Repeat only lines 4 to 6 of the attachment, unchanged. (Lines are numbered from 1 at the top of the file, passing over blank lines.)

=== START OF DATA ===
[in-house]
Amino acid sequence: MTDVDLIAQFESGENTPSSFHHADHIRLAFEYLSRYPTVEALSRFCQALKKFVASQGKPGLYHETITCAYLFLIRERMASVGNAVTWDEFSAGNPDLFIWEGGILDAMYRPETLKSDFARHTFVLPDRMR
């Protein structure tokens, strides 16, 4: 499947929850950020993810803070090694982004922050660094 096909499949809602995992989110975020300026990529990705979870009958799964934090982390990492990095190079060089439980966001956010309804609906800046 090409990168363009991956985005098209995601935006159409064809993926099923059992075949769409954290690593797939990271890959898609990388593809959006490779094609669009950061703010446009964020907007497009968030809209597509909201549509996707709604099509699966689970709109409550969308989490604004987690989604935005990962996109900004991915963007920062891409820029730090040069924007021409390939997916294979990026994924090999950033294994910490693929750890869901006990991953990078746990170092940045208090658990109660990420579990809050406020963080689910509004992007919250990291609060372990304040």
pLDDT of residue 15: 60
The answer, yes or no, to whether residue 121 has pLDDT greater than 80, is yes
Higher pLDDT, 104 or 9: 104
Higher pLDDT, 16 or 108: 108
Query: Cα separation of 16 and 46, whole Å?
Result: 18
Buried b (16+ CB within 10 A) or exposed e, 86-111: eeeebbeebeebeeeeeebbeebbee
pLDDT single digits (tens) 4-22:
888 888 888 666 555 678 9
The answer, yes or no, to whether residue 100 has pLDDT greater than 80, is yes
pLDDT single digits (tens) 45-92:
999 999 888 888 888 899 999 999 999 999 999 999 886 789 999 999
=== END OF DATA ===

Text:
pLDDT of residue 15: 60
The answer, yes or no, to whether residue 121 has pLDDT greater than 80, is yes
Higher pLDDT, 104 or 9: 104